References cont. 8. Flouris, Andreas Chorti, Maria Poulianiti, Konstantina Jamurtas, Athanasios Kostikas, Konstantinos Tzatzarakis, Manolis Wallace Hayes, A Tsatsakis,Aristidis Koutedakis, Yiannis. Acute impact of active and passive electronic cigarette smoking on serum cotinine and lung function. Inhal Toxicol. 2013;25(2):91-101. 9. Farsalinos KE, Romagna G, Allifranchini E, Ripamonti E, Bocchietto E, Todeschi S, Tsiapras D, Kyrzopoulos S, Voudris V. Comparison of the Cytotoxic Potential of Cigarette Smoke and Electronic Cigarette Vapour Extract on Cultured Myocardial Cells. International Journal of Environmental Research and Public Health. 2013; 10(10):5146-5162.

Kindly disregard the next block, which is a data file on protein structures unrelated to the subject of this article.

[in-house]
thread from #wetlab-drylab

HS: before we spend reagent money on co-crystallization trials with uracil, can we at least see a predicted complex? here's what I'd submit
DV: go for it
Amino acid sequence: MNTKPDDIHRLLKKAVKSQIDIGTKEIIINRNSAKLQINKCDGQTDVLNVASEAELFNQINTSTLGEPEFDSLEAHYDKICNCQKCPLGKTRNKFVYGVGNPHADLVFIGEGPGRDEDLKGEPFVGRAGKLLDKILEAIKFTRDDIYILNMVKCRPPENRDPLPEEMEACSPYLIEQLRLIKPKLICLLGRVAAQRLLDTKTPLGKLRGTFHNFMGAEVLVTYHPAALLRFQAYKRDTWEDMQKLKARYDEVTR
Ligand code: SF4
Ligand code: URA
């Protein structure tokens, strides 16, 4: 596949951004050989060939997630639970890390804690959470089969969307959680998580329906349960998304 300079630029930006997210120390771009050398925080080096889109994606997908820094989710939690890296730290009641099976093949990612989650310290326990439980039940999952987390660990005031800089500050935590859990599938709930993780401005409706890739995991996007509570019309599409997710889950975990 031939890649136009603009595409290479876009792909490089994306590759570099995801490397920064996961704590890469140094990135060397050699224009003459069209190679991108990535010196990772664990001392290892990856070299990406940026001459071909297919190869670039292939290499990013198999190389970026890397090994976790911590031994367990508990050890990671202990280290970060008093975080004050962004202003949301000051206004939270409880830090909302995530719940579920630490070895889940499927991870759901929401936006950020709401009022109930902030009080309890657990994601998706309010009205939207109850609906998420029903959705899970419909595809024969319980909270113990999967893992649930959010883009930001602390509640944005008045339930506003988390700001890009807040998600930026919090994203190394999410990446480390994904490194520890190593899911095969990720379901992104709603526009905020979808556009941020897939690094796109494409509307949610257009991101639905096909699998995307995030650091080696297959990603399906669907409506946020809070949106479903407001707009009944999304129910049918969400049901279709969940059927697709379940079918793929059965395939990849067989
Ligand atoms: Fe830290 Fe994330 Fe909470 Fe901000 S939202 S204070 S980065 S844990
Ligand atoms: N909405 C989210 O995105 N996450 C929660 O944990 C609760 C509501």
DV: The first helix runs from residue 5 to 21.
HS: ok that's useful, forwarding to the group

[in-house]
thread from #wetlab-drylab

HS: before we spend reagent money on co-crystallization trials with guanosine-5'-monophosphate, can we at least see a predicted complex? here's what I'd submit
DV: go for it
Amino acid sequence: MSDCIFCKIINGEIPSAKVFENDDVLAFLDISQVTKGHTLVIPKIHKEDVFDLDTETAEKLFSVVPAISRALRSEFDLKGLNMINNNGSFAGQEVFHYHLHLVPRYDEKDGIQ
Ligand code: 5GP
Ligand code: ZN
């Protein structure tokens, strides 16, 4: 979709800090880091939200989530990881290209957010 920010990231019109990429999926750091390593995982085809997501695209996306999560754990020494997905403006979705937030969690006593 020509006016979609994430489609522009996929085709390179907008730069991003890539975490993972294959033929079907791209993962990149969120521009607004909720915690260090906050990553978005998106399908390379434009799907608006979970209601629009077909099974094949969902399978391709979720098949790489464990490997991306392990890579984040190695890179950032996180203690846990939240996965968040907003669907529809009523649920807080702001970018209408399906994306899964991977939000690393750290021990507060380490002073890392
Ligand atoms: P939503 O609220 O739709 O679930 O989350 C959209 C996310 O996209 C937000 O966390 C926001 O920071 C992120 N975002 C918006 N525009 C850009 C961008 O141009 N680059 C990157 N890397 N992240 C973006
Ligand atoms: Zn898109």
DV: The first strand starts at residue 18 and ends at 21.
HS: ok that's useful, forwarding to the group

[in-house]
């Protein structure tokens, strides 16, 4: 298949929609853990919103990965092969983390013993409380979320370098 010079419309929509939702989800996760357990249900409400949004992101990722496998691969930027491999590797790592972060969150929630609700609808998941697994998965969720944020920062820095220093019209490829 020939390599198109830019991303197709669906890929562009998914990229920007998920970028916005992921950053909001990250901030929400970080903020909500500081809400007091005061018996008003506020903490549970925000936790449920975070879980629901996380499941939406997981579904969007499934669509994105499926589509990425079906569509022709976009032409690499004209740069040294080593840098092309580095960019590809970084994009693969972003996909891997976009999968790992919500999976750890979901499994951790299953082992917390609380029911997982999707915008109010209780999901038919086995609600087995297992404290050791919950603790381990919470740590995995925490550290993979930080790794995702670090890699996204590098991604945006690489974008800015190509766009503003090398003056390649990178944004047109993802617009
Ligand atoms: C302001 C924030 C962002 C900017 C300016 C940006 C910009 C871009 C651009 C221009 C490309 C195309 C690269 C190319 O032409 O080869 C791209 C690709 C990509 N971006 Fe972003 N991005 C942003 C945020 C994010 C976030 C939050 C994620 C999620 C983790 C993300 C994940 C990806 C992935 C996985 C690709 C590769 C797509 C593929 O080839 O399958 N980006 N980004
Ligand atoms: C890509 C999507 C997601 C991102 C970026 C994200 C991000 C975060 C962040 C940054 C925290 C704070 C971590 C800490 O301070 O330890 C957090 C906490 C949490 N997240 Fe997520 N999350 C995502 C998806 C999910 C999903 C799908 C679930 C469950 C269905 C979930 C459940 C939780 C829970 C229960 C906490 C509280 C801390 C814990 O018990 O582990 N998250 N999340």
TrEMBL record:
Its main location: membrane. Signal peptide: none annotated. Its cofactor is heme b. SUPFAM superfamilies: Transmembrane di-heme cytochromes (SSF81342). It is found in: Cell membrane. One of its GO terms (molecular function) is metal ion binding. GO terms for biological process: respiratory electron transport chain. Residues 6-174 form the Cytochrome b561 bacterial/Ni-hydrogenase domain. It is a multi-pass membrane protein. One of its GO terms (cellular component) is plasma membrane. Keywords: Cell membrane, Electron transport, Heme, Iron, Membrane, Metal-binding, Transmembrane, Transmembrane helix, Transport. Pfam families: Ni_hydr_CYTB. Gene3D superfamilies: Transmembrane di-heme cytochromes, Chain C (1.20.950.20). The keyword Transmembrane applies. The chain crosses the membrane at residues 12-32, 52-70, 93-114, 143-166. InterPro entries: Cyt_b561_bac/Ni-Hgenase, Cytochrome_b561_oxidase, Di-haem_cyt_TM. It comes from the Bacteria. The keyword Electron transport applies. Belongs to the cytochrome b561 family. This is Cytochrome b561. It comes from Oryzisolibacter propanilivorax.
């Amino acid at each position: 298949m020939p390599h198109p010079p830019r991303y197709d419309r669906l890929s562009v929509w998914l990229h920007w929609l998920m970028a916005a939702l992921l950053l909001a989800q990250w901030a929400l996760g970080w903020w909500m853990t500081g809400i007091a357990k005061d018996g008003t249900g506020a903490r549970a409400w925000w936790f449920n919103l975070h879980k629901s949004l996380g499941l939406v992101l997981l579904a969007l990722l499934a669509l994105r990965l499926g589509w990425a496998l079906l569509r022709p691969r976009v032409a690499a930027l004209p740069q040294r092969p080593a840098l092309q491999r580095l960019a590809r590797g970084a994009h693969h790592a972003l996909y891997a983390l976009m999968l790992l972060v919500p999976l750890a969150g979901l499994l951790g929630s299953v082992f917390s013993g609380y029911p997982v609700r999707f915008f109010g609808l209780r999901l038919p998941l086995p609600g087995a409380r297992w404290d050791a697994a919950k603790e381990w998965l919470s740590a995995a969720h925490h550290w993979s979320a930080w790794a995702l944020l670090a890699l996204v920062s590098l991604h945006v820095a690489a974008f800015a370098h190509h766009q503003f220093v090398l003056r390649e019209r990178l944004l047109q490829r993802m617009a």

References cont. 10. Farsalinos KE, Romagna G, Allifranchini E, Ripamonti E, Bocchietto E, Todeschi S, Tsiapras D, Kyrzopoulos S, Voudris V. Comparison of the Cytotoxic Potential of Cigarette Smoke and Electronic Cigarette Vapour Extract on Cultured Myocardial Cells. International Journal of Environmental Research and Public Health. 2013; 10(10):5146-5162. 11. Schripp T, Markewitz D, Uhde E, Salthammer T. Does e- cigarette consumption cause passive vaping? Indoor Air. 2013;23(1):25. 12. Local news | iowa city press citizen | press-citizen.com http://www.press- citizen.com/article/20130924/NEWS01/130924010/Iowa-AG-Tom- Miller-wants-FDA-ban-e-cigarette-sales-minors?nclick_check=1. Accessed 12/20/2013, 2013. http://www.press- citizen.com/article/20130924/NEWS01/130924010/Iowa-AG-Tom- Miller-wants-FDA-ban-e-cigarette-sales-minors?nclick_check=1